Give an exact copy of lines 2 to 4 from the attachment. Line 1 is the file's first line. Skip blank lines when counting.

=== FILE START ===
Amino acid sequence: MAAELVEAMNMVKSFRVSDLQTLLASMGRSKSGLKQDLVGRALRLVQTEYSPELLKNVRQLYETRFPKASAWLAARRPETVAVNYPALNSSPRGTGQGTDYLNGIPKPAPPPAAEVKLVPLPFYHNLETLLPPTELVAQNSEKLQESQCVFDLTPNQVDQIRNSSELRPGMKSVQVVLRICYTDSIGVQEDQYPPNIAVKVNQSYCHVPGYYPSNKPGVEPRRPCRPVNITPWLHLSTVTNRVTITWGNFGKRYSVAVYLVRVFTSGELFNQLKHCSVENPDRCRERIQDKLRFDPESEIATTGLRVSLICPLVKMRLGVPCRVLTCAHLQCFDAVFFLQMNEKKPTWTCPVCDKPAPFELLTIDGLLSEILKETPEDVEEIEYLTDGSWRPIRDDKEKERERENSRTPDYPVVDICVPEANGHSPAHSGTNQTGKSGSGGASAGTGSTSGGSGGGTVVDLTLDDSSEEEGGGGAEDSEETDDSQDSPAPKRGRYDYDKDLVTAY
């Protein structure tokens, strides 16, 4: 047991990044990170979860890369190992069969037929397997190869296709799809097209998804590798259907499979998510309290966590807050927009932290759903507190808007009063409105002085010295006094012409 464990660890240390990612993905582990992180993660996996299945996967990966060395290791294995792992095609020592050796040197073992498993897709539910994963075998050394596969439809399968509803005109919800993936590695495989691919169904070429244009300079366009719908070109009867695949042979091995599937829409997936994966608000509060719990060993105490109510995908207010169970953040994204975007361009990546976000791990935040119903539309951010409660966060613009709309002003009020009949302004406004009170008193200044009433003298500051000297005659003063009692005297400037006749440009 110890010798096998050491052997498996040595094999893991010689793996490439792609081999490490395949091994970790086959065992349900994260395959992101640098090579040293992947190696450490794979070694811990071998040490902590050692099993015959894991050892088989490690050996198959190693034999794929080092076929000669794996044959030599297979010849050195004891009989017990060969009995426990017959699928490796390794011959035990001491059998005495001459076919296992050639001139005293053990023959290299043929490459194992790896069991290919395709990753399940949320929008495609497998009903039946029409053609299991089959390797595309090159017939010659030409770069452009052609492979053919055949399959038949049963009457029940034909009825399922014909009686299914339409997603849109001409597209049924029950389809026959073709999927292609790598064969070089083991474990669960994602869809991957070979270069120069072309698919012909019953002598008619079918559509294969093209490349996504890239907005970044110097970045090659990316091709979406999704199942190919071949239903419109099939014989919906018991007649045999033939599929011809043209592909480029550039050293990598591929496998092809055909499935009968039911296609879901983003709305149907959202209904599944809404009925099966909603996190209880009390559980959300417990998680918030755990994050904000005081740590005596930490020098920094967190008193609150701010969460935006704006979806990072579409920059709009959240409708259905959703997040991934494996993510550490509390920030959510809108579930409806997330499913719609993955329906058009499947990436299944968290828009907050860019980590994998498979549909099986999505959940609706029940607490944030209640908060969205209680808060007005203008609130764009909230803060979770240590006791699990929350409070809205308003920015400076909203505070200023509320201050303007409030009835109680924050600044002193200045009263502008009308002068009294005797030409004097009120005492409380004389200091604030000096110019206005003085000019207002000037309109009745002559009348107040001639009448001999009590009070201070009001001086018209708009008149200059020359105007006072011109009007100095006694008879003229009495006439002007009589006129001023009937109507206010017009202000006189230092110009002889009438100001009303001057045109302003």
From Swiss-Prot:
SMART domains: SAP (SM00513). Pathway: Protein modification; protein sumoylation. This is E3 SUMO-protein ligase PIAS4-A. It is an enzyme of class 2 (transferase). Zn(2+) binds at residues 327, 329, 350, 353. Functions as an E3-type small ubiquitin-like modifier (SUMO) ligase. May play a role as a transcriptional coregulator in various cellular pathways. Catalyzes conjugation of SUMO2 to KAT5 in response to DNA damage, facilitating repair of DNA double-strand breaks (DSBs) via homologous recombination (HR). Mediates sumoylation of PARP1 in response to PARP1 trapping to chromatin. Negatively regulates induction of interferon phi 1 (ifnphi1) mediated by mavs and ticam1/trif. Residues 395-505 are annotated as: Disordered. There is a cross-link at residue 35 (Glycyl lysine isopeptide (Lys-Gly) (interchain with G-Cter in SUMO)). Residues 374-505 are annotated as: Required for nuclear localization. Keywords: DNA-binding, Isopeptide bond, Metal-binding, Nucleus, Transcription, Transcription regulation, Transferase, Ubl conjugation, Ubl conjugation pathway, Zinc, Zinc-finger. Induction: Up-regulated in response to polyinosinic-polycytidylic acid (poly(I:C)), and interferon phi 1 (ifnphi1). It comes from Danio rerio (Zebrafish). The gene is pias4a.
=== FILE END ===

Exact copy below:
């Protein structure tokens, strides 16, 4: 047991990044990170979860890369190992069969037929397997190869296709799809097209998804590798259907499979998510309290966590807050927009932290759903507190808007009063409105002085010295006094012409 464990660890240390990612993905582990992180993660996996299945996967990966060395290791294995792992095609020592050796040197073992498993897709539910994963075998050394596969439809399968509803005109919800993936590695495989691919169904070429244009300079366009719908070109009867695949042979091995599937829409997936994966608000509060719990060993105490109510995908207010169970953040994204975007361009990546976000791990935040119903539309951010409660966060613009709309002003009020009949302004406004009170008193200044009433003298500051000297005659003063009692005297400037006749440009 110890010798096998050491052997498996040595094999893991010689793996490439792609081999490490395949091994970790086959065992349900994260395959992101640098090579040293992947190696450490794979070694811990071998040490902590050692099993015959894991050892088989490690050996198959190693034999794929080092076929000669794996044959030599297979010849050195004891009989017990060969009995426990017959699928490796390794011959035990001491059998005495001459076919296992050639001139005293053990023959290299043929490459194992790896069991290919395709990753399940949320929008495609497998009903039946029409053609299991089959390797595309090159017939010659030409770069452009052609492979053919055949399959038949049963009457029940034909009825399922014909009686299914339409997603849109001409597209049924029950389809026959073709999927292609790598064969070089083991474990669960994602869809991957070979270069120069072309698919012909019953002598008619079918559509294969093209490349996504890239907005970044110097970045090659990316091709979406999704199942190919071949239903419109099939014989919906018991007649045999033939599929011809043209592909480029550039050293990598591929496998092809055909499935009968039911296609879901983003709305149907959202209904599944809404009925099966909603996190209880009390559980959300417990998680918030755990994050904000005081740590005596930490020098920094967190008193609150701010969460935006704006979806990072579409920059709009959240409708259905959703997040991934494996993510550490509390920030959510809108579930409806997330499913719609993955329906058009499947990436299944968290828009907050860019980590994998498979549909099986999505959940609706029940607490944030209640908060969205209680808060007005203008609130764009909230803060979770240590006791699990929350409070809205308003920015400076909203505070200023509320201050303007409030009835109680924050600044002193200045009263502008009308002068009294005797030409004097009120005492409380004389200091604030000096110019206005003085000019207002000037309109009745002559009348107040001639009448001999009590009070201070009001001086018209708009008149200059020359105007006072011109009007100095006694008879003229009495006439002007009589006129001023009937109507206010017009202000006189230092110009002889009438100001009303001057045109302003």
From Swiss-Prot:
SMART domains: SAP (SM00513). Pathway: Protein modification; protein sumoylation. This is E3 SUMO-protein ligase PIAS4-A. It is an enzyme of class 2 (transferase). Zn(2+) binds at residues 327, 329, 350, 353. Functions as an E3-type small ubiquitin-like modifier (SUMO) ligase. May play a role as a transcriptional coregulator in various cellular pathways. Catalyzes conjugation of SUMO2 to KAT5 in response to DNA damage, facilitating repair of DNA double-strand breaks (DSBs) via homologous recombination (HR). Mediates sumoylation of PARP1 in response to PARP1 trapping to chromatin. Negatively regulates induction of interferon phi 1 (ifnphi1) mediated by mavs and ticam1/trif. Residues 395-505 are annotated as: Disordered. There is a cross-link at residue 35 (Glycyl lysine isopeptide (Lys-Gly) (interchain with G-Cter in SUMO)). Residues 374-505 are annotated as: Required for nuclear localization. Keywords: DNA-binding, Isopeptide bond, Metal-binding, Nucleus, Transcription, Transcription regulation, Transferase, Ubl conjugation, Ubl conjugation pathway, Zinc, Zinc-finger. Induction: Up-regulated in response to polyinosinic-polycytidylic acid (poly(I:C)), and interferon phi 1 (ifnphi1). It comes from Danio rerio (Zebrafish). The gene is pias4a.